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Government to tap Alibaba to lower remit costs

The government is considering tapping Chinese technology giant Alibaba’s fintech (financial technology) solutions through its related company Ant Financial to lower remittance costs for the Philippines’ over 10 million migrant workers and offer them other online-based banking and financial management services.

Finance Secretary Carlos Dominguez III said Ant Financial’s low-cost mobile payment technology that has helped China attain financial inclusion for its small home-based enterprises can be tapped to help OFWs send money back home and prudently manage their finances.

The Overseas Filipinos Bank (OFB) based in Manila can be the launching pad for this online payment platform, Dominguez said.

OFB was launched last month by President Duterte–in keeping with his 2016 campaign promise–to cater to the financial needs of not only OFWs but other foreign-based Filpinos as well.

“There are over 10 million Filipinos working abroad, Ant Financial’s technology is helpful for them. The technology can help them manage their cash, their earnings wisely,” said Dominguez during the second day of the Alibaba Business School’s New Economy workshop held at its campus here for visiting Philippine government officials and representatives from the business sector.

The workshop was organized following the invitation last year of Alibaba Group founder Jack Ma for Dominguez and other Philippine officials to learn more about Alibaba’s digital infrastructure for e-commerce. Eric Jing, the CEO of the Ant Financial Services Group, said his company would be more than willing to partner with the Philippines to bring inclusive financial services to OFWs and as well as other individuals and Small-and Medium-sized enterprises.

“We are excited to partner with you. Together we can launch a variety of services for the OFWs,” said Jing during the open forum following his lecture on how Ant Financial had used digital technology to help attain financial inclusion for China’s small businesses and bring the world equal opportunities.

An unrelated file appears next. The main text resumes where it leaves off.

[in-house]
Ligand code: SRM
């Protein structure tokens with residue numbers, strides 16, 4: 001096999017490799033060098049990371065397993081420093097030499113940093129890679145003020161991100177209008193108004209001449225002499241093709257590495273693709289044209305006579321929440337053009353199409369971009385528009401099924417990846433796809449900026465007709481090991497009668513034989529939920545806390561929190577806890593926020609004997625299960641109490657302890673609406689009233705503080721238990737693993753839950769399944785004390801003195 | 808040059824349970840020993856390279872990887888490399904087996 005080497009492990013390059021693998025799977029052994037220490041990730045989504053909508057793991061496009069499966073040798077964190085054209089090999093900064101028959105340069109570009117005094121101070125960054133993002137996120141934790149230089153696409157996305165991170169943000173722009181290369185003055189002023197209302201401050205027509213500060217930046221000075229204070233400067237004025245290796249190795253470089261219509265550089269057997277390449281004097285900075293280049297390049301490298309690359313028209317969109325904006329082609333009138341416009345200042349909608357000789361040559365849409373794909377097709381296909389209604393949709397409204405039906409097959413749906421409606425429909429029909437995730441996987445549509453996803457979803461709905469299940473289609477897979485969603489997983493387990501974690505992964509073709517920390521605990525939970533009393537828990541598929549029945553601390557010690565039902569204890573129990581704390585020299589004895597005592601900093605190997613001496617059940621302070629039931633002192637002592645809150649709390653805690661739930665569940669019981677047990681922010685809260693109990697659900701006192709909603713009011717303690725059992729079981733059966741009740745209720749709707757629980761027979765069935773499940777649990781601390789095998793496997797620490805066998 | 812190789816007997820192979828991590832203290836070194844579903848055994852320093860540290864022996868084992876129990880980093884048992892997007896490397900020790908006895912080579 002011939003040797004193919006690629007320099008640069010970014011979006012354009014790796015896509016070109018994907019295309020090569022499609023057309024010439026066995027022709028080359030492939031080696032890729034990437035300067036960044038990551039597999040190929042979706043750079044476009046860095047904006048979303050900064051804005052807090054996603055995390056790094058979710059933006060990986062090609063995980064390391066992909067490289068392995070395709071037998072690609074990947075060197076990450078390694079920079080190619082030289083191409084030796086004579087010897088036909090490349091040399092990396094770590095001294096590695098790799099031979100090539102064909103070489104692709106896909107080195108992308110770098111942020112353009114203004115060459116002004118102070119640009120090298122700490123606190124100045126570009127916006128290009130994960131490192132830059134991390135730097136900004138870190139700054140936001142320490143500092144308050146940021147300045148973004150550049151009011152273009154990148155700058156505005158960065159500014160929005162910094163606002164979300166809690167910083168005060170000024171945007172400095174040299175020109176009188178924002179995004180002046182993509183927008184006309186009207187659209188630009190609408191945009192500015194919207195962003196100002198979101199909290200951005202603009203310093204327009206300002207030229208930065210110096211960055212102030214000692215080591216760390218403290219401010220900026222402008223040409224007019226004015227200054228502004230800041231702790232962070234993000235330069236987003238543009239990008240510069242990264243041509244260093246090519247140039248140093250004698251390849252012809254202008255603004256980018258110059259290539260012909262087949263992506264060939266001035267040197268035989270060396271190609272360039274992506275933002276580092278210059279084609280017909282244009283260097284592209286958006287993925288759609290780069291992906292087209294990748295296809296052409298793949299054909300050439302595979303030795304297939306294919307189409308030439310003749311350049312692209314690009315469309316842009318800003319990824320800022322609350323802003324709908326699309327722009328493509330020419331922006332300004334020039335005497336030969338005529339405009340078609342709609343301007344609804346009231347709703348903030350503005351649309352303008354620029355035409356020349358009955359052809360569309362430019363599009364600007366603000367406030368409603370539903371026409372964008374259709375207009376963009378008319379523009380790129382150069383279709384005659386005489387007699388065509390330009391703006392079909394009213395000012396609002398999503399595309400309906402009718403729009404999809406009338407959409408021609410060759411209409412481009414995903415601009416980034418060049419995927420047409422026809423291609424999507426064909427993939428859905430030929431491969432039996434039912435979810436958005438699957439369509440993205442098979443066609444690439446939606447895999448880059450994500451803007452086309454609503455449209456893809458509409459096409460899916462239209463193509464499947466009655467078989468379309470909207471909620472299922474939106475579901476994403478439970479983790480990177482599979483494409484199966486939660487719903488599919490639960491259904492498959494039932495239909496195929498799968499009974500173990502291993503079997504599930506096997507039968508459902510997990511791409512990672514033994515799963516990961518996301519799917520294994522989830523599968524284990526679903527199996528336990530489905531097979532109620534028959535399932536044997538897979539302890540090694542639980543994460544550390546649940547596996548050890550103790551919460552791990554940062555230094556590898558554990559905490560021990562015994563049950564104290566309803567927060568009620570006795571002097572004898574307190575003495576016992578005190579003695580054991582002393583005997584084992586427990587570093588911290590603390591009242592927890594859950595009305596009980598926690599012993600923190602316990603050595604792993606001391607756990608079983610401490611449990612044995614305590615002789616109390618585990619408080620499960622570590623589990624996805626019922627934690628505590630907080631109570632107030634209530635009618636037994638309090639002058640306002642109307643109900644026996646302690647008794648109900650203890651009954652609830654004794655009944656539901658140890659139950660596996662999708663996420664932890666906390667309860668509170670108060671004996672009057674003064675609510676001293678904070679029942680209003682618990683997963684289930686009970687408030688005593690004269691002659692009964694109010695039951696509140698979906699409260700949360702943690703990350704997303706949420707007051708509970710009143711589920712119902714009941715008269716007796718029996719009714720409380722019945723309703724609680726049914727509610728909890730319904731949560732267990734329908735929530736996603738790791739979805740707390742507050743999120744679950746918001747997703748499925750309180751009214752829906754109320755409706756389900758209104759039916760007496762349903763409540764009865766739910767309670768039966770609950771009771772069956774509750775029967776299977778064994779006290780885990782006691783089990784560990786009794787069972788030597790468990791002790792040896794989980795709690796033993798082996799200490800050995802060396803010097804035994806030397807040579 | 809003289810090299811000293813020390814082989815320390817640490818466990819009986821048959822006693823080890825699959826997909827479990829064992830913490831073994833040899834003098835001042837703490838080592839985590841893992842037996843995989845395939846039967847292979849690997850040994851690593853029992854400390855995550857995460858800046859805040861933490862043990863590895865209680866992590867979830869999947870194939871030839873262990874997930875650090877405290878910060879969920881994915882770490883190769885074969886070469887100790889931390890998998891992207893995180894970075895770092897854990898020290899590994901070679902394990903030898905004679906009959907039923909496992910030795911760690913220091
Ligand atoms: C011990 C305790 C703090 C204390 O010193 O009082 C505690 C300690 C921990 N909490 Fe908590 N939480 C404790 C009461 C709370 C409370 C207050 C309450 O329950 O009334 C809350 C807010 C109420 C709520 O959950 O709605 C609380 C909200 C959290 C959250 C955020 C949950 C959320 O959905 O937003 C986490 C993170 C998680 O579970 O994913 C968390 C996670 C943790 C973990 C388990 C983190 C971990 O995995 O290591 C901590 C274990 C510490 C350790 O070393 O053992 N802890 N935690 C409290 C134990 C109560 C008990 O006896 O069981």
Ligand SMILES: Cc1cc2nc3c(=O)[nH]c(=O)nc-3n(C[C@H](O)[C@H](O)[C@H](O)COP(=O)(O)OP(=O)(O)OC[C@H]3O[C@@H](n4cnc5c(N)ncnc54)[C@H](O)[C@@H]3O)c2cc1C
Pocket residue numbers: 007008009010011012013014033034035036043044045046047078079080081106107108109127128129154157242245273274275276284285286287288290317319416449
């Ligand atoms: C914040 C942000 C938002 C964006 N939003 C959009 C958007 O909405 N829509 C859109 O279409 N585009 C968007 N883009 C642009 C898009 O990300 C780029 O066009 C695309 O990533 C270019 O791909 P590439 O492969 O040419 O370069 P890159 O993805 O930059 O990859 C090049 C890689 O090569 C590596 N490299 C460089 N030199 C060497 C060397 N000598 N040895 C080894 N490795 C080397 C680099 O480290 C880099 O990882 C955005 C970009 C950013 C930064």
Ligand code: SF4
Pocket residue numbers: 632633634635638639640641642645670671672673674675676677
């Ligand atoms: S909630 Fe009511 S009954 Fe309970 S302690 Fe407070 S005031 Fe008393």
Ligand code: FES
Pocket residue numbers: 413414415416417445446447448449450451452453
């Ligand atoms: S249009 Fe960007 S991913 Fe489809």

In his lecture, Jing said Ant Financial was able to reach out to 40 million offline small and medium enterprises in China to help them access financial services at low costs while ensuring that they are protected and secured in conducting online transactions. Bill Wang, head of the Alibaba Group’s All-Countryside Business Unit, said Ant Financial’s fintech services can also benefit rural-based entrepreneurs and help farmers and village-based enterprises gain access to low-interest credit and expand their links to competitive markets.

“By partnering with the (Chinese) government, Alibaba has enabled more of these (rural) consumers to build their own businesses and participate in the global marketplace,” Wang said. As part of the workshop, the Philippine delegation led by Dominguez also visited the Hema Store here to demonstrate Alibaba’s “New Retail” model that leverages technology and consumer insights to seamlessly integrate online and offline commerce.

They also visited the Hangzhou Subway where commuters do not need to bring cash or subway cards to ride the trains, but only need to swipe their smartphones to get in and out of the station gates.

Alibaba officials also showed the Philippine delegation its unmanned restaurant here, the Wufangzhai, where customers order by scanning QR codes, and independently pick up and clear away their meals before paying with their smartphones.

Dominguez, along with Foreign Affairs Secretary Alan Peter Cayetano, Budget Secretary Benjamin Diokno, Bangko Sentral ng Pilipinas Deputy Governor Maria Almasara Cyd Tuaño Amador, Bases Conversion and Development Authority (BCDA) president Vivencio Dizon and other government officials and representatives from the Philippines’ business sector attended the Alibaba Business School’s three-day New Economy Workshop designed for them to gain a wider understanding of an e-commerce ecosystem, including the digital technologies that can be employed to improve the Philippines’ nascent online payment system in pursuit of inclusive growth.

According to Dominguez, the lectures prepared by Alibaba revolved “around the points discussed during my meeting with Jack Ma last November in Manila. This goes to show that the Duterte administration not only does meetings, but turns such meetings into opportunities for the country.”

On the first day of the workshop, Brian Wong, Alibaba Group’s vice president, said that like what China did, the Philippines can capitalize on the digital era by cultivating entrepreneurship in e-commerce and coming out with regulations supportive of digital trade and electronic payment systems.

The first day of the New Economy Workshop focused on lectures on e-commerce development in China, financial inclusion through digital finance, smart or data-based logistics and a case study on using an e-payment system with India as the model.

The New Economy Workshop for Philippine officials is the first overseas government training program organized by the Alibaba Business School.

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